Authors: Sarah De Leeuw*, University of Northern British Columbia
Topics: Cultural Geography
Keywords: boundary-work, anticolonial geography, poetry, cultural geography, British Columbia
Session Type: Paper
Start / End Time: 3:05 PM / 4:45 PM
Room: Hoover, Marriott, Mezzanine Level
Presentation File: No File Uploaded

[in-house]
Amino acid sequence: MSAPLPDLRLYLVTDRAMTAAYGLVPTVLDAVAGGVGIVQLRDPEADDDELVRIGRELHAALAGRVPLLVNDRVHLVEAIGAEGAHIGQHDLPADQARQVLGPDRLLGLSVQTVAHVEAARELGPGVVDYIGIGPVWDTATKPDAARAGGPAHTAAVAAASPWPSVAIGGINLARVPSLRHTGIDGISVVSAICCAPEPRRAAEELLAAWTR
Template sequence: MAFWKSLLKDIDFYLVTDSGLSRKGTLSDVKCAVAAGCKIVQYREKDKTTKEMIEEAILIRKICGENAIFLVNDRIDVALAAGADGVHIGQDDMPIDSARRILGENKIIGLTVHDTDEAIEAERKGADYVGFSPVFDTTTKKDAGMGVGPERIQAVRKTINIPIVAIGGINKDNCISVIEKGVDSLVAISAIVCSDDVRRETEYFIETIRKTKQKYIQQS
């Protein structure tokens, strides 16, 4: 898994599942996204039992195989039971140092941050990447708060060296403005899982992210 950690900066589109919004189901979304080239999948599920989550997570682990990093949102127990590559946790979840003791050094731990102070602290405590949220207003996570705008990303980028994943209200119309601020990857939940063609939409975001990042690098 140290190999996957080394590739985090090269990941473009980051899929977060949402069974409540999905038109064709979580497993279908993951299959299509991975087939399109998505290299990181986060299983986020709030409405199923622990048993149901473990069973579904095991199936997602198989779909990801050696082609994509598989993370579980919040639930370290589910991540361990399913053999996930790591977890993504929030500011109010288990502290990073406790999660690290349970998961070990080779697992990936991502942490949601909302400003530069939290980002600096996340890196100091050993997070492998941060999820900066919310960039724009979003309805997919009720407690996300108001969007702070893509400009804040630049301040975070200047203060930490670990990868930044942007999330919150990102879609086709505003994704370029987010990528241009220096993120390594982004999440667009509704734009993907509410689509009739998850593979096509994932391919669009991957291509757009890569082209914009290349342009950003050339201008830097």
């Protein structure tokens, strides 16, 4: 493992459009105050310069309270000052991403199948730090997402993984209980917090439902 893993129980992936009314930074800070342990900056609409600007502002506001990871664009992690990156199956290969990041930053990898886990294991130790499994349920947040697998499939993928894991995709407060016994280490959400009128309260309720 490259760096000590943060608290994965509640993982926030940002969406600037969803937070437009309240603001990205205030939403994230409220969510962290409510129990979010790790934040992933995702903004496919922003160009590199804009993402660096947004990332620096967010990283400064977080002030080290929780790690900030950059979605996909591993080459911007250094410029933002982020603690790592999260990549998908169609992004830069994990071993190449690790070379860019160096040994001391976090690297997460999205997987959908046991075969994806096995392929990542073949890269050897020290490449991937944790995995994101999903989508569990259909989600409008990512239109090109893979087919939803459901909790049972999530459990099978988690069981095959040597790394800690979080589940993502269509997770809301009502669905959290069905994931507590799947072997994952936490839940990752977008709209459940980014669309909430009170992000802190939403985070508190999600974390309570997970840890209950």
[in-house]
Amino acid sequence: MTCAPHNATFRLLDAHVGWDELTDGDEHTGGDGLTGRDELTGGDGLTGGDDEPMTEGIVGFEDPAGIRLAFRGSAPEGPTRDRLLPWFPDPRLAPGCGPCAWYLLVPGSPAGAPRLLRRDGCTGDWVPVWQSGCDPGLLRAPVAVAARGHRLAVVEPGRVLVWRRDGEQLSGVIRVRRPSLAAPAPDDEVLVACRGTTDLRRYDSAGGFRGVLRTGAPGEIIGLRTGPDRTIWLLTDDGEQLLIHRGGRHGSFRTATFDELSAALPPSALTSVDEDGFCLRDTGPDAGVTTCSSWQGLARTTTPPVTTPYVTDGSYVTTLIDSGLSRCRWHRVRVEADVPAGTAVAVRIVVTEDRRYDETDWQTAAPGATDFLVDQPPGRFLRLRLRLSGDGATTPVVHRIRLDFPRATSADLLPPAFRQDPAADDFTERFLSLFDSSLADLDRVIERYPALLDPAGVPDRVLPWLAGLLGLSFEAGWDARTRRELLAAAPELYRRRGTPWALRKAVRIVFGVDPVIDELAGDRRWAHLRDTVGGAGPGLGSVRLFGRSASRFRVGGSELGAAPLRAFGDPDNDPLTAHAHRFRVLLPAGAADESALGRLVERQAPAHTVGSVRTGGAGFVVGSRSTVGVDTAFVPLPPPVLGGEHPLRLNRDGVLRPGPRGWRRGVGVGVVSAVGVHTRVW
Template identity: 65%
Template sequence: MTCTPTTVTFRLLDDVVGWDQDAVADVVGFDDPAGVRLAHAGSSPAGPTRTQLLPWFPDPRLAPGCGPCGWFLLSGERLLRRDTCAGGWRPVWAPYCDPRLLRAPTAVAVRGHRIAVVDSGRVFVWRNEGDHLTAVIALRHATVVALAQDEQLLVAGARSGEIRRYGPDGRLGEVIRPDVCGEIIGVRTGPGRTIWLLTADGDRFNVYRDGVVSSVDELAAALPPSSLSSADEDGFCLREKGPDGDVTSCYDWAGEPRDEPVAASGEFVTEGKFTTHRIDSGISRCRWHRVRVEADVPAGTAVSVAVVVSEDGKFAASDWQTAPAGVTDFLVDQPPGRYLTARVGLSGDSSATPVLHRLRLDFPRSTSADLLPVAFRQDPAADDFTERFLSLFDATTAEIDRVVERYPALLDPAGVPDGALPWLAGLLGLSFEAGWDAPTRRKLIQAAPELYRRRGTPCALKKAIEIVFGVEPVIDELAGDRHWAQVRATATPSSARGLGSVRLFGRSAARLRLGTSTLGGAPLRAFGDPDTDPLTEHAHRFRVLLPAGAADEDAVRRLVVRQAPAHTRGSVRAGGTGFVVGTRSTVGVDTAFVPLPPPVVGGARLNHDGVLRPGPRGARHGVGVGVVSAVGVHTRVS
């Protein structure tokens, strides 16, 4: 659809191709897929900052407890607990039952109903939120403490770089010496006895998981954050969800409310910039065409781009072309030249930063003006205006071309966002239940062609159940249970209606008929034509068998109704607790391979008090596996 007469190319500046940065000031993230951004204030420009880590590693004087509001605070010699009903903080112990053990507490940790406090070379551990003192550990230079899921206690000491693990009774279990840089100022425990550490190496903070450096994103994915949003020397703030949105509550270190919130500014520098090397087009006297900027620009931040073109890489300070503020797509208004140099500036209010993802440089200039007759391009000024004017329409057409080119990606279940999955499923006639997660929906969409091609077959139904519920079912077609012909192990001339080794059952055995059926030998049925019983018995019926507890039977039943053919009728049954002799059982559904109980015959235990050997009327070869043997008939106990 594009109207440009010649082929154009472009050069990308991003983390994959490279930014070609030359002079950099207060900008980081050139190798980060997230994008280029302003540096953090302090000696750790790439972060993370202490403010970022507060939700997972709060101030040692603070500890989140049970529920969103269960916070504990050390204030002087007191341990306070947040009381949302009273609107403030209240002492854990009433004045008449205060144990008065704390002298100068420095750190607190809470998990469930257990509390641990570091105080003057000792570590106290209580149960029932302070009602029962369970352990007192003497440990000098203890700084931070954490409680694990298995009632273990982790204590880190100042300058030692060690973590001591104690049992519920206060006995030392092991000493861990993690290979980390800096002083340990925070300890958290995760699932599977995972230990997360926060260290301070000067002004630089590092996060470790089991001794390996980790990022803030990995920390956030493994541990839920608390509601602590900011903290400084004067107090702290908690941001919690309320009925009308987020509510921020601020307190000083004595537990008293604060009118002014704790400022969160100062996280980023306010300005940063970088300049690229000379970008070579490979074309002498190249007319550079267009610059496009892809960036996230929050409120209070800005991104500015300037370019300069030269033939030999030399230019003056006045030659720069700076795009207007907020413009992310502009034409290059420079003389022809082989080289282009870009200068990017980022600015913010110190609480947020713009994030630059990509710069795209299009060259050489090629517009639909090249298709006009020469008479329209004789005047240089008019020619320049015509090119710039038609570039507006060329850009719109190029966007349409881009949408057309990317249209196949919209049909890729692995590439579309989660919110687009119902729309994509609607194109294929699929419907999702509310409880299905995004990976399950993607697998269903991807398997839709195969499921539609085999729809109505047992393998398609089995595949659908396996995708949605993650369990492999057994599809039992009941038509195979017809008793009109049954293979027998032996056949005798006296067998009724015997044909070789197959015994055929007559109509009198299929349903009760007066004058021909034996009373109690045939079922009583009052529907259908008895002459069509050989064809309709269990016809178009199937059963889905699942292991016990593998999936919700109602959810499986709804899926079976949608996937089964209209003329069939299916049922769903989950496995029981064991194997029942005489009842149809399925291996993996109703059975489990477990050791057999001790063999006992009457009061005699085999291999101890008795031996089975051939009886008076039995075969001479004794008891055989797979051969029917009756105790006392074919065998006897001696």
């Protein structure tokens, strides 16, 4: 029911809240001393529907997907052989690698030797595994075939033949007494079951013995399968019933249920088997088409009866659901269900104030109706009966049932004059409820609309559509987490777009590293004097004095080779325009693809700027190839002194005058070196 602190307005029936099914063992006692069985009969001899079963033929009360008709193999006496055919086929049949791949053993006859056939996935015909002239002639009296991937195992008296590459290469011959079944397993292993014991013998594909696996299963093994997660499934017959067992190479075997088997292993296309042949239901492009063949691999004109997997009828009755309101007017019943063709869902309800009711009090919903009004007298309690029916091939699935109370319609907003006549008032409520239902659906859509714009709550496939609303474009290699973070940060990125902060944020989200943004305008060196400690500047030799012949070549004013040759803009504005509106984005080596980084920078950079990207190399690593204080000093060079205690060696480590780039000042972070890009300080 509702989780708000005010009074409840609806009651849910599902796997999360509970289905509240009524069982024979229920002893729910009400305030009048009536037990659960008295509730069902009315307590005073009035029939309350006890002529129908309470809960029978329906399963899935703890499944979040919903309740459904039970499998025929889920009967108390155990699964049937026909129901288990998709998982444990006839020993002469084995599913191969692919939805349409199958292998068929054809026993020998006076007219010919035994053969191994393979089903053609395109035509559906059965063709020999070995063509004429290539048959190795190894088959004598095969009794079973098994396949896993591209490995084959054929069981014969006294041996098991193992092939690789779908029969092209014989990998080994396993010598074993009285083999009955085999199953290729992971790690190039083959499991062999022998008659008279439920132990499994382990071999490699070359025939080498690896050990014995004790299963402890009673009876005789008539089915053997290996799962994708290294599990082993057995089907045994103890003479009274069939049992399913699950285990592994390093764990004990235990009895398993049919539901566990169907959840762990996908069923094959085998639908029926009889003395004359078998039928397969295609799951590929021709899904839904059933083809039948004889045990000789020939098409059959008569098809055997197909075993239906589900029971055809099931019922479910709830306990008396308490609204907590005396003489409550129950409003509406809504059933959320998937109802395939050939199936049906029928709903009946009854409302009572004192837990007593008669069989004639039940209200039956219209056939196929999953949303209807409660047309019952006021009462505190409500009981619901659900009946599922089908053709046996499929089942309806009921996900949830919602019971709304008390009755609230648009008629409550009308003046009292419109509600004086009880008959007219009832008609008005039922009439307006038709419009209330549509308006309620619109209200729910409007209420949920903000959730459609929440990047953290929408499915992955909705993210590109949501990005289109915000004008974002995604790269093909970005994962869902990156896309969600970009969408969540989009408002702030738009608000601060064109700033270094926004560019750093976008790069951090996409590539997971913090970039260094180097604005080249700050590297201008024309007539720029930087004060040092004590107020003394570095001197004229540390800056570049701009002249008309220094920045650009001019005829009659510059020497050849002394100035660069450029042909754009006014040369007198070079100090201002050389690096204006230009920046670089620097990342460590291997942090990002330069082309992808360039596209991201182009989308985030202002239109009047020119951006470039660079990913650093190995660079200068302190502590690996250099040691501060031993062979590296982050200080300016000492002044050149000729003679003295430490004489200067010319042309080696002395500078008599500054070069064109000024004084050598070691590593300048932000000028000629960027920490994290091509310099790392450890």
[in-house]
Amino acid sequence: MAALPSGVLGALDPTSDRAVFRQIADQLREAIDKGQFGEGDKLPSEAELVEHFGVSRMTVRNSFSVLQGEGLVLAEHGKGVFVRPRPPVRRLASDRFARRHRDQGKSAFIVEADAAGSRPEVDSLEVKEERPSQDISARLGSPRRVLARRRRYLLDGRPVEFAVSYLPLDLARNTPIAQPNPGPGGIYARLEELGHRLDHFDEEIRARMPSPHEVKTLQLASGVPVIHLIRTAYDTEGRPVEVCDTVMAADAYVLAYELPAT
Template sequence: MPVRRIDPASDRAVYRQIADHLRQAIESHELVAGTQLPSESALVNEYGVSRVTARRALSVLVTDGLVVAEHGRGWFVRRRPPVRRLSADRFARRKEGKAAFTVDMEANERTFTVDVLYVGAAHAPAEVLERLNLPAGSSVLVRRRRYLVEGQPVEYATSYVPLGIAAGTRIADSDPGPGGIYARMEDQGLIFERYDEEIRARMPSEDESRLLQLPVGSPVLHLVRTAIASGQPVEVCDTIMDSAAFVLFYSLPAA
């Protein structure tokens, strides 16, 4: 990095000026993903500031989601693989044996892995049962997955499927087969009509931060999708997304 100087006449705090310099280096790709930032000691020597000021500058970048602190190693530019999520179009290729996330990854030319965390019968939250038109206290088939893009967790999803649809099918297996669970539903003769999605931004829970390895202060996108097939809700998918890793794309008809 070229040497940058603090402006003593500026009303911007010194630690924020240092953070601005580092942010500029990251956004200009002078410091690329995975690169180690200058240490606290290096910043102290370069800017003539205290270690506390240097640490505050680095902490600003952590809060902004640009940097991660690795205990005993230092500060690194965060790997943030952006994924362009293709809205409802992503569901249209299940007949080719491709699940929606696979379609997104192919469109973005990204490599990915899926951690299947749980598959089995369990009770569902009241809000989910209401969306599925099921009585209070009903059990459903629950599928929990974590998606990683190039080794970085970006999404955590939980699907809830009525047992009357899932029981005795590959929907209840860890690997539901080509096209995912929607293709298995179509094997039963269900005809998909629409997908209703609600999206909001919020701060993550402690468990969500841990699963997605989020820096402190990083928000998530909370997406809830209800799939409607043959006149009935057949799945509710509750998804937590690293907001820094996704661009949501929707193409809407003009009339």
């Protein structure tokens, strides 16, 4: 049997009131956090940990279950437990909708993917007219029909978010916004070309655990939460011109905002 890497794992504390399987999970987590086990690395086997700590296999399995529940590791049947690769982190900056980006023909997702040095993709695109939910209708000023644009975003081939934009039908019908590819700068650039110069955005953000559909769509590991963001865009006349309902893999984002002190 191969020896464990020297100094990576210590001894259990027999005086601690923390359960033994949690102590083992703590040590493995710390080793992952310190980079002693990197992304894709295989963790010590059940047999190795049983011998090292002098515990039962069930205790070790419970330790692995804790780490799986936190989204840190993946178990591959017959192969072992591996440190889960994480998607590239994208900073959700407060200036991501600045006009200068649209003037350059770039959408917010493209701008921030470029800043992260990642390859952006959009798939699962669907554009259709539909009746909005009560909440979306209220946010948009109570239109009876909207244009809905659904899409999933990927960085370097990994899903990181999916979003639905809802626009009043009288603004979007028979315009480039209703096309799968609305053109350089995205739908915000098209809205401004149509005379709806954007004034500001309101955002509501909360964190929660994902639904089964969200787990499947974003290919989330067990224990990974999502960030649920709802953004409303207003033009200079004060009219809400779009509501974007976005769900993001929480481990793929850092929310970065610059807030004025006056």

Part long-poem and part (disrupted) geographic scholarship, this paper argues that --through torqued ingestible wording-- geopoetics grounded in anticolonial theory is “boundary-work” with the potential of igniting new and productive understandings about white settler colonial violence in British Columbia. Responding in part to growing critiques about Canada’s Truth and Reconciliation project, I suggest that some (especially Anglo-academic and policy) language (at the scale of words and sentences) might be complicit in perpetuating well-established imaginaries about colonialism being an always ‘out-there not now not me’ project about which (especially white) settlers are innocent as opposed to complicit. The paper celebrates Indigenous poets while poetically dialoguing with colonial archives and contested and colonized geographies in order to demonstrate ways of re-languaging/graphing places on British Columbia’s northwest coast.